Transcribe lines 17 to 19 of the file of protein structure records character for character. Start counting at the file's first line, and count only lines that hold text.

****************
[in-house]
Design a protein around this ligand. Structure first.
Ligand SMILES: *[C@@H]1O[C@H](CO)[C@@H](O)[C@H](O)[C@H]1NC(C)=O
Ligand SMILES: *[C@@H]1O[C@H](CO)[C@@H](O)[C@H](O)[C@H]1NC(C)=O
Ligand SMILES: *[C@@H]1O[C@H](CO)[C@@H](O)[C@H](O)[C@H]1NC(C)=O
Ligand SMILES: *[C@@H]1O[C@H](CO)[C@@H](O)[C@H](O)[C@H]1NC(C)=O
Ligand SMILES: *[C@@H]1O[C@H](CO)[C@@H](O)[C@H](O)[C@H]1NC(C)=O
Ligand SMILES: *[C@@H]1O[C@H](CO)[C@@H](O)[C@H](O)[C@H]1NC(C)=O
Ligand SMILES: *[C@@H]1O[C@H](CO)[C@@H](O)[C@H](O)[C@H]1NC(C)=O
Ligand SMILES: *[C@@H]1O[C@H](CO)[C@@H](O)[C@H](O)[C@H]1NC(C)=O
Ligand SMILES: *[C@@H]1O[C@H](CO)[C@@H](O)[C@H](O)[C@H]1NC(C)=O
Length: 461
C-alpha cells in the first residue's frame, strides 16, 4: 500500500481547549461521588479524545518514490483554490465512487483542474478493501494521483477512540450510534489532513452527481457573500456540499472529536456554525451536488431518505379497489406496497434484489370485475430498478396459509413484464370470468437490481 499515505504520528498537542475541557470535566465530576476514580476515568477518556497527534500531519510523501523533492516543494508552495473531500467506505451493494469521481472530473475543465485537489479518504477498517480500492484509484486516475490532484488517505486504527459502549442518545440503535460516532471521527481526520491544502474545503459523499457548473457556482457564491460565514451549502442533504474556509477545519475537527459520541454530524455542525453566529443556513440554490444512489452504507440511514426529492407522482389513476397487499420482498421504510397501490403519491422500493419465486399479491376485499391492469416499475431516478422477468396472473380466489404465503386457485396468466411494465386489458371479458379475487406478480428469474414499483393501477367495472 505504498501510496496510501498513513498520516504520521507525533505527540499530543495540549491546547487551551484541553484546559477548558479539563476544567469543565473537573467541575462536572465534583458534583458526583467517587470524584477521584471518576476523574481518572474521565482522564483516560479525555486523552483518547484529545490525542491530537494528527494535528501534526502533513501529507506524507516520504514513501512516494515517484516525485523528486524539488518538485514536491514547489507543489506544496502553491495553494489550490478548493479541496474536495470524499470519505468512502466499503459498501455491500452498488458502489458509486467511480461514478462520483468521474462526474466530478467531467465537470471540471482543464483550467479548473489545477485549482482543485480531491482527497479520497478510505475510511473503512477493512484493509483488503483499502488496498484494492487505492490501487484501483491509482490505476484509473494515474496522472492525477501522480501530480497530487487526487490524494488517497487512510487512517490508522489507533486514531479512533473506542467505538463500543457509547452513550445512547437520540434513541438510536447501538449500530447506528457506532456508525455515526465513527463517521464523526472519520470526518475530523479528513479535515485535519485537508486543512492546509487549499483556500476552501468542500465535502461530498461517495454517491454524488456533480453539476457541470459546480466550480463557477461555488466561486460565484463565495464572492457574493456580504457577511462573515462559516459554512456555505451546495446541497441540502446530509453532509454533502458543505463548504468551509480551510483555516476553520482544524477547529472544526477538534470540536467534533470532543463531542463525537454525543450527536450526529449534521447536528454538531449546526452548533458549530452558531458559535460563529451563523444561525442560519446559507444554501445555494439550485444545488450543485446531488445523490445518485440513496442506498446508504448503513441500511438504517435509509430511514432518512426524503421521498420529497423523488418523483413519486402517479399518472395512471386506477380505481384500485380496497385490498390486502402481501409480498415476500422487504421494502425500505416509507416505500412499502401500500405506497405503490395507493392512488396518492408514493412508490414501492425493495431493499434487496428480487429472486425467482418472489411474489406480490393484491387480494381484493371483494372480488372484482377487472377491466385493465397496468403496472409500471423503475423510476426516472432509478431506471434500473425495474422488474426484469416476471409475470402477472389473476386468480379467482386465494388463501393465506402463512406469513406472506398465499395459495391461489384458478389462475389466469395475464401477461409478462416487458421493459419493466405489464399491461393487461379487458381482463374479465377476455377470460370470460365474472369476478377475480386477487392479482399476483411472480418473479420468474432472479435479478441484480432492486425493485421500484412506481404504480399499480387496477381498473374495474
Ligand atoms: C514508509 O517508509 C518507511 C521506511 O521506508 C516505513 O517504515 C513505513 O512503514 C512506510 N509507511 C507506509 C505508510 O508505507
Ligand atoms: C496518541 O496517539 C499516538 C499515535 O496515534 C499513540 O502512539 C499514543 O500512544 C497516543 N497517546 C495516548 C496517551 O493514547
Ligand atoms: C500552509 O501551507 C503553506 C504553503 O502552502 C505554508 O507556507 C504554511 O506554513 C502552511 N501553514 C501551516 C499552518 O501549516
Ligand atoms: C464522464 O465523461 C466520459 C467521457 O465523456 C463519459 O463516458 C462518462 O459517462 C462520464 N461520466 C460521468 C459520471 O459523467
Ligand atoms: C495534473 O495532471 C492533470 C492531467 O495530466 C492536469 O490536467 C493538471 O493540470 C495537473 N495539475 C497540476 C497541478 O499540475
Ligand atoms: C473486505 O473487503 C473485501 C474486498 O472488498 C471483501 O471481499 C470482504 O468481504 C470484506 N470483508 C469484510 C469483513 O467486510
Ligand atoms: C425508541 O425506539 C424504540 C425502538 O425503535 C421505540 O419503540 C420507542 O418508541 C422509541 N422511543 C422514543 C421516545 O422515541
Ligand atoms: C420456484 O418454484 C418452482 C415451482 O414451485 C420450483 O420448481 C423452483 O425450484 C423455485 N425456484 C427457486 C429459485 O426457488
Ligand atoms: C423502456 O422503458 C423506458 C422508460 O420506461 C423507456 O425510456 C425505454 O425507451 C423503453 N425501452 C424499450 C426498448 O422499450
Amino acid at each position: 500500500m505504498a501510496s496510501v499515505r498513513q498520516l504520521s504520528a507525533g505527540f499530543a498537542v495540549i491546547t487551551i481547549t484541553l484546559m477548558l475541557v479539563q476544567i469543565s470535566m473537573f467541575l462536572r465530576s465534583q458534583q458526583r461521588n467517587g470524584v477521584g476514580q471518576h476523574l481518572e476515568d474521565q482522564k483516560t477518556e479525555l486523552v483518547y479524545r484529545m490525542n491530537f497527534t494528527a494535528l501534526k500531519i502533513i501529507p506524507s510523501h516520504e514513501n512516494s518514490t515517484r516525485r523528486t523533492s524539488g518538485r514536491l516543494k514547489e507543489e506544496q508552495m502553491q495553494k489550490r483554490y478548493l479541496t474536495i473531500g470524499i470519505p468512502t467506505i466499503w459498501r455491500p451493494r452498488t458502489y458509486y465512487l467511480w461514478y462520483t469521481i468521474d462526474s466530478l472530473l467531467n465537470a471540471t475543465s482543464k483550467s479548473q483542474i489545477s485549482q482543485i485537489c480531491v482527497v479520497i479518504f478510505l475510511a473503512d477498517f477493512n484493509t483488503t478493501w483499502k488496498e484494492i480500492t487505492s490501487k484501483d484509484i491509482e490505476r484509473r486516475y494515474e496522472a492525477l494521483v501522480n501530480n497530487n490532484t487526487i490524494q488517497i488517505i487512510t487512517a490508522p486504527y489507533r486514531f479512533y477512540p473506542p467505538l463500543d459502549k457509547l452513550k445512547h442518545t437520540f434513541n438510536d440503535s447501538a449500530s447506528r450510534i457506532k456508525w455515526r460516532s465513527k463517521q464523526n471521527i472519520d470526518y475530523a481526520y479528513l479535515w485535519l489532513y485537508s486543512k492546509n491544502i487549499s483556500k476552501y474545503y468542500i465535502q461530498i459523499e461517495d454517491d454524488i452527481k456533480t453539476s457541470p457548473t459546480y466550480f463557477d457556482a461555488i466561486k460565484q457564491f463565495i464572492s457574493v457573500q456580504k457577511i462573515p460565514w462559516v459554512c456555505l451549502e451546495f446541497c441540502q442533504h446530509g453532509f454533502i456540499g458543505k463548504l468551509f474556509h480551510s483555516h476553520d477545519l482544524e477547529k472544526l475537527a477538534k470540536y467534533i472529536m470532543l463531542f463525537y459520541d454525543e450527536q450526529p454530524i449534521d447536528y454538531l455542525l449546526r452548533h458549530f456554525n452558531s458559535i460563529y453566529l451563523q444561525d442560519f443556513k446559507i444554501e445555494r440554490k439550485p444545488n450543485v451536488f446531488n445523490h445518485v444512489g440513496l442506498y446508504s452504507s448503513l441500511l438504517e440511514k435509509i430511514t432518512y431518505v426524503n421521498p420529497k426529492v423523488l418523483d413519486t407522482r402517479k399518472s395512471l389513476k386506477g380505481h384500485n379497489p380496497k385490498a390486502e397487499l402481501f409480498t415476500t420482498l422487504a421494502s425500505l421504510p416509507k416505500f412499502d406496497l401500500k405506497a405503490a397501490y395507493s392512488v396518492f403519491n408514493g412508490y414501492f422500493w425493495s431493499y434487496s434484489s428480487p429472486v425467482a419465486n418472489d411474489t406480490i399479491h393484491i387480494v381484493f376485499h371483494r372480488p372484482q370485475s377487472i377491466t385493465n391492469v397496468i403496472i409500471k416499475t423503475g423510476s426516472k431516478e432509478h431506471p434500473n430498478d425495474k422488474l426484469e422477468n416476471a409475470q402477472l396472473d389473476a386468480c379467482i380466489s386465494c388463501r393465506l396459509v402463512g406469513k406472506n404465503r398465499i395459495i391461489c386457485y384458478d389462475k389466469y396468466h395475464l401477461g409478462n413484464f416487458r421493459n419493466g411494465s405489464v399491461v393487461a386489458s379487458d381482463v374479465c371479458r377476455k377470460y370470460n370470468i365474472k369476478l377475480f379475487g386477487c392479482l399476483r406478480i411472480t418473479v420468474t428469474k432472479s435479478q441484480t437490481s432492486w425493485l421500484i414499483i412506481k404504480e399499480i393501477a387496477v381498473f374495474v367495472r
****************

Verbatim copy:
Ligand atoms: C464522464 O465523461 C466520459 C467521457 O465523456 C463519459 O463516458 C462518462 O459517462 C462520464 N461520466 C460521468 C459520471 O459523467
Ligand atoms: C495534473 O495532471 C492533470 C492531467 O495530466 C492536469 O490536467 C493538471 O493540470 C495537473 N495539475 C497540476 C497541478 O499540475
Ligand atoms: C473486505 O473487503 C473485501 C474486498 O472488498 C471483501 O471481499 C470482504 O468481504 C470484506 N470483508 C469484510 C469483513 O467486510